EcoModo - The Best of Treehugger

treehugger-gizmodo-week114.jpgThis week at TreeHugger: Say hello to the "Cuter Scooter," the latest electric, foldable, affordable scooter from the brain maniacs at MIT. The Danish city of Gren is putting RFID to work for the green good with a pretty slick idea involving bikes, traffic and keeping the two from running in to each other. Get the real story on how much vampire power your Wii is sucking down from "the count" himself (bwa ha ha). Lastly, an electric eel powering a Christmas tree? Only in Japan...The big brains at MIT's Smart Cities Group have designed an electric scooter that takes affordability, light weight and convenience to a whole new level. The prototype, dubbed the "Cuter Scooter" by the students, was "designed to be placed throughout cities for rental, much like the bicycle rental system in some European cities." When parked, the scooters fold to half their size, saving space while the batteries are recharged.

The Danish city of Gren will pay to install battery-driven RFIDs in the steering columns of 300 residents' bikes, and put receivers at seven intersections considered to be the most dangerous. When a cyclist approaches, the RFID sends a signal to the traffic light which turns on a flashing 'cyclist' sign at eye height to warn drivers, especially drivers of big rigs, that they should check for bikes before making a right-hand turn (and waffling the unexpecting, do-gooding biker). Smart.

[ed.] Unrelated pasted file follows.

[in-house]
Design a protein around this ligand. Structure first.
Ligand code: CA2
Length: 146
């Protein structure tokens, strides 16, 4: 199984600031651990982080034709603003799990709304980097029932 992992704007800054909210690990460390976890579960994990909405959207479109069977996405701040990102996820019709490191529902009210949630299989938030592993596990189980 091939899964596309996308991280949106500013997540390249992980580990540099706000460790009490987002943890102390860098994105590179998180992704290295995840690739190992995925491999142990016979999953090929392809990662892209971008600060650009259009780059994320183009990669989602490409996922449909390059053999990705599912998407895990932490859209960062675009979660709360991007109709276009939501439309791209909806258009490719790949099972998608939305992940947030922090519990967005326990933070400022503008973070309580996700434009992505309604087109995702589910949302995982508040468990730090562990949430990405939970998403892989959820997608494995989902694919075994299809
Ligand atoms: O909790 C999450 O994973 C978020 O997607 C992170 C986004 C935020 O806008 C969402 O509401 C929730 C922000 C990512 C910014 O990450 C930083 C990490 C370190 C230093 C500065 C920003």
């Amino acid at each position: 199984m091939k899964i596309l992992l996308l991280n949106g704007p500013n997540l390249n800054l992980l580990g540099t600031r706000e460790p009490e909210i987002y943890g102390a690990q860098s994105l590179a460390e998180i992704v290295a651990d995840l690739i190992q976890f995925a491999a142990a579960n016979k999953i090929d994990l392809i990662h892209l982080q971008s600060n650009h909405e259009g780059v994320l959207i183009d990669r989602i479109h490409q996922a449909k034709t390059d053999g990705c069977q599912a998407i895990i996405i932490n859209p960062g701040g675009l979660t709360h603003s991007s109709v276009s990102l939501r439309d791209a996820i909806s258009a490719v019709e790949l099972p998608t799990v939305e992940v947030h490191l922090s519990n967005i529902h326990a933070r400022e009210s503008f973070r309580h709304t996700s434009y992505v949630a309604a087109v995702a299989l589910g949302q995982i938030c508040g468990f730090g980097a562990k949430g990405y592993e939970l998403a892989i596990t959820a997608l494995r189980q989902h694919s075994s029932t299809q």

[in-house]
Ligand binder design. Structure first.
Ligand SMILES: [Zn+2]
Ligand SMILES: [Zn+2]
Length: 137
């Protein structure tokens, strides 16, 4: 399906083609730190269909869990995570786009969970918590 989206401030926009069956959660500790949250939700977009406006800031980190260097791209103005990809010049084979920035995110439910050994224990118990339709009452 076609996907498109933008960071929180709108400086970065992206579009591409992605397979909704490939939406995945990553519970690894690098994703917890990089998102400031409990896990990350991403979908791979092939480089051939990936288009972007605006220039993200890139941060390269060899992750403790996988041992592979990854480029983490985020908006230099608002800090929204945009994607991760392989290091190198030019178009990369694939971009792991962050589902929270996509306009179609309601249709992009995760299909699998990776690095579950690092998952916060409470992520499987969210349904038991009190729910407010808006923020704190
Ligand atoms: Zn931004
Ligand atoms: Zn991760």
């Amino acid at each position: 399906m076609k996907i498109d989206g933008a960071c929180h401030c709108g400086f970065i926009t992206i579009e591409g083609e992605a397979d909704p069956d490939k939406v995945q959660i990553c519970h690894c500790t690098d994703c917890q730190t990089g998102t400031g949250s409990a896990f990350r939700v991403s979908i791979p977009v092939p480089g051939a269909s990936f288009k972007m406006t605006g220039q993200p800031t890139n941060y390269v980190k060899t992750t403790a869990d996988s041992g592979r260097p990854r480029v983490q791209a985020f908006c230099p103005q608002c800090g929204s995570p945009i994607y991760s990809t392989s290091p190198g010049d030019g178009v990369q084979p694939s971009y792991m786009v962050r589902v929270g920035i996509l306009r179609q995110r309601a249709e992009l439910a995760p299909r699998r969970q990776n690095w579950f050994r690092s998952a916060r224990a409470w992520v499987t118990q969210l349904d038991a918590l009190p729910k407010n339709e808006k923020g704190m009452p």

You know that vampire power is using each of your electronics to sip away your cash money, but how much, really? Congratulations, plasma TV: you're the big winner, at almost $180 per year—ouch! Your computer is next in line (about $40), followed closely by gaming consoles (about $29) and your laptop computer ($18). It all adds up to $3.4 billion per year out of our collective pockets...that's a lot of Wiis.

Japan is home to many a wacky gadget and weird invention, but this one may take the cake. Gifu, an electric eel, has been installed in a tank with a copper wire connected to a Christmas tree; each time it slithers too close, the wire sends the eel's natural electricity up to the globes in the tree, which shine some holiday cheer down on the happy couples below. Brilliant.

TreeHugger's EcoModo column appears every Wednesday on Gizmodo.

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